Setting the timer for five minutes. This is what I came up with.
The computers shut down, and the lights in the building go off for the night. The little pink monkey smiles. He unhooks his Velcro hand from the cubicle wall, and jumps to the desk. He scuttles around the keyboard, and swings over to the chair, using the legs to slide to the floor. A mouse runs across the carpet, and the little pink monkey hides behind a chair leg. He’d find a way to catch that varmint for Eric’s Mom. He knew it was driving her nuts. First, though, he needed to figure out how to get back on the desk, because the lights were coming back on. Did it really take that long just to get this far?
Omigosh… Did I just unintentionally start a middle-grade-like novel?
I’m not really liking this one, but it’s what I came up with when I set the timer. I guess I can expect some good and some so-so five-minute shorts.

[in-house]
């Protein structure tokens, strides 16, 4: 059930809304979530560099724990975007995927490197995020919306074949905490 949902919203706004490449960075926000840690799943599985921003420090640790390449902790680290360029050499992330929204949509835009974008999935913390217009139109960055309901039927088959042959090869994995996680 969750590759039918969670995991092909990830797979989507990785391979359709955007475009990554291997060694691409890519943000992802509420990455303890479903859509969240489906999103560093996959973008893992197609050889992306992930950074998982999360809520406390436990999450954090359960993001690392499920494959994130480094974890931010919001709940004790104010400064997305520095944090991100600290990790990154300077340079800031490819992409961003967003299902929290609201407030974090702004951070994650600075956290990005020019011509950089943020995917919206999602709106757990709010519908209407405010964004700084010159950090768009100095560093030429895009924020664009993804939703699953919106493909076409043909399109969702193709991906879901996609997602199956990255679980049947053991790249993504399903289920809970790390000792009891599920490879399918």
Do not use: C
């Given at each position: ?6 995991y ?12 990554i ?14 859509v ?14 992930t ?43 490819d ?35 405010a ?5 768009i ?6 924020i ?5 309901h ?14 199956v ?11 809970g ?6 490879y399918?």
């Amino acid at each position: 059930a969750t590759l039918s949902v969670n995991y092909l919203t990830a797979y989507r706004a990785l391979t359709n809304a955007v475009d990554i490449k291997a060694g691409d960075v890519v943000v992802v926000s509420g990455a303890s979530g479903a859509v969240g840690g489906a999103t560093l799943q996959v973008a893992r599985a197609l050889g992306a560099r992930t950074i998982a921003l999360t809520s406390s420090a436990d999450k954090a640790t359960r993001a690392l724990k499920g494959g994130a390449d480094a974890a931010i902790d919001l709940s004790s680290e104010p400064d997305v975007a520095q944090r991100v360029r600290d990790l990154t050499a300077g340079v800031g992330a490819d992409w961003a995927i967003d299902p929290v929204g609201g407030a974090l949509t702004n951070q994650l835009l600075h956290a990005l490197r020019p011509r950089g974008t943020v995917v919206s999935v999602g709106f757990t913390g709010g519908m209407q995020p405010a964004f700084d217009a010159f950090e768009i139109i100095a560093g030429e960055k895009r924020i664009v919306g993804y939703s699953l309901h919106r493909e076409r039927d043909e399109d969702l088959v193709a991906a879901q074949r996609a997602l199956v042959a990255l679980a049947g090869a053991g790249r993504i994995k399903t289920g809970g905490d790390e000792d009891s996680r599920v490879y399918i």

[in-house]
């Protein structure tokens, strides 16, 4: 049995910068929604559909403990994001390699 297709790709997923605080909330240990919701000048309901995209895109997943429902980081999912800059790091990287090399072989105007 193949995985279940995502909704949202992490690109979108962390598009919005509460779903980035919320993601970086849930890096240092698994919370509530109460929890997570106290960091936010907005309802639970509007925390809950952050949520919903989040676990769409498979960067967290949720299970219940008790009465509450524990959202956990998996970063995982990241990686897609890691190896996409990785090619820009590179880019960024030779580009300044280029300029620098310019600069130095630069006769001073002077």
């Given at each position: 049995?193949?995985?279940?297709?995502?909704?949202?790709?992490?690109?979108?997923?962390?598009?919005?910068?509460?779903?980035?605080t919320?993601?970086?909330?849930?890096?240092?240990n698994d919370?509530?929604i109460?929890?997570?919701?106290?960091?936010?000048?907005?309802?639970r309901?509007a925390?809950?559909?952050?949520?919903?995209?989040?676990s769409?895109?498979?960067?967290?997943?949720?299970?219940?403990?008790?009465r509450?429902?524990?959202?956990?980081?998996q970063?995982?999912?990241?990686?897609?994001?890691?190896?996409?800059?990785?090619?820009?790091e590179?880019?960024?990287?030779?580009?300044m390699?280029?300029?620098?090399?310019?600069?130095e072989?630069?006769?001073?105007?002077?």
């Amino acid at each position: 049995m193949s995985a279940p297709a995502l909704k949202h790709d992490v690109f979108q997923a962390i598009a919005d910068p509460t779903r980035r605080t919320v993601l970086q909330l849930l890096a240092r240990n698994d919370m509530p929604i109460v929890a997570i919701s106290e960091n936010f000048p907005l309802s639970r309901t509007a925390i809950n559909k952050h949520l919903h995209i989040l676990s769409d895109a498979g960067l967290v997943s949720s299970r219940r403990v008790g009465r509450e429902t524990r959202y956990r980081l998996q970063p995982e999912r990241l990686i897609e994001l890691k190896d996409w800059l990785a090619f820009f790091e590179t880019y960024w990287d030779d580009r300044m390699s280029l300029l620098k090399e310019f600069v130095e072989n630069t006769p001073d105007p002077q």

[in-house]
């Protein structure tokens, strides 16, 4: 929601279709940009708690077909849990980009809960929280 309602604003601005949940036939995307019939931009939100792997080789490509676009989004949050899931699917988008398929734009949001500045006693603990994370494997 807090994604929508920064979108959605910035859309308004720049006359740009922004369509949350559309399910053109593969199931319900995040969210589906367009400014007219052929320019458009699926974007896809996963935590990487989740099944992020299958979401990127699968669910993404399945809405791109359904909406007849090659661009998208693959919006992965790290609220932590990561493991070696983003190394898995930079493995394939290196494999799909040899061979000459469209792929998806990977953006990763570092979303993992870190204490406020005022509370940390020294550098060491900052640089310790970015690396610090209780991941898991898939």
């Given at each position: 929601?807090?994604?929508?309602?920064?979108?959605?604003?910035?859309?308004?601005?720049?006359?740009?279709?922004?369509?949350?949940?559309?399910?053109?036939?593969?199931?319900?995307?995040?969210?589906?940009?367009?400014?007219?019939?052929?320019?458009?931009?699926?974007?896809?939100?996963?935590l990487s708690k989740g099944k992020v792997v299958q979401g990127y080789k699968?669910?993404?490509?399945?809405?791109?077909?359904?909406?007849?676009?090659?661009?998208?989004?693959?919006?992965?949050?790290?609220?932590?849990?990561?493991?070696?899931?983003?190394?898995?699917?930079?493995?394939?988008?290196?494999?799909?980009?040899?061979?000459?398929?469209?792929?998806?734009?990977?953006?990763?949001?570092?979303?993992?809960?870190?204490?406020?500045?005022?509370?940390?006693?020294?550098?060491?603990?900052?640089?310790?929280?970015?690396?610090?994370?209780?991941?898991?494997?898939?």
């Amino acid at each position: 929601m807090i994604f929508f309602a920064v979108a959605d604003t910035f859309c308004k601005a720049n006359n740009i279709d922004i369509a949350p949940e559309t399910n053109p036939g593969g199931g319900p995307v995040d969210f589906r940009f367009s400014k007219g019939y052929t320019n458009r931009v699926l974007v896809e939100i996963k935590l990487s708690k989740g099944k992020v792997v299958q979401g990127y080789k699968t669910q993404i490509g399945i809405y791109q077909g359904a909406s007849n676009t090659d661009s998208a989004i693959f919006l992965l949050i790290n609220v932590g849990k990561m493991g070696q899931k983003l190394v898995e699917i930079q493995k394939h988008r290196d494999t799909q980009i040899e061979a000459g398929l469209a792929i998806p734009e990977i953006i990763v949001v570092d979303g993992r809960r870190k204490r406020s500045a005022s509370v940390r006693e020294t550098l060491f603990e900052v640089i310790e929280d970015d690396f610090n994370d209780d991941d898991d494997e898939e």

I’m a grown woman, a corporate executive—with a pink monkey in her office. He hangs there from one arm, attached to my cubicle wall with a Velcro hand. He stares at me with those goofy eyes. He warms me inside.
Toys at work? How unprofessional.
I smile. It’s not just a toy. It never really was a toy to me at all. There is a heart embroidered on his belly, and he’s pink. My favorite color.
My son won a prize at school. “Pick anything you want.”
He saw that pink monkey, with a heart on its chest.
His mother’s favorite color.
He could have taken an airplane. He could have taken a super ball. But he picked up the pink monkey, and bought it home.
He gave it to me… for no reason.
“I love you Mommy.”
“I love you too, Baby.”
No, it’s not a toy.
The monkey stays.
Posted in Flash Fiction, Motherhood
Tagged Business, child's gift, Color preferences, love, monkey, Motherhood, Pink, pink monkey, present, Velcro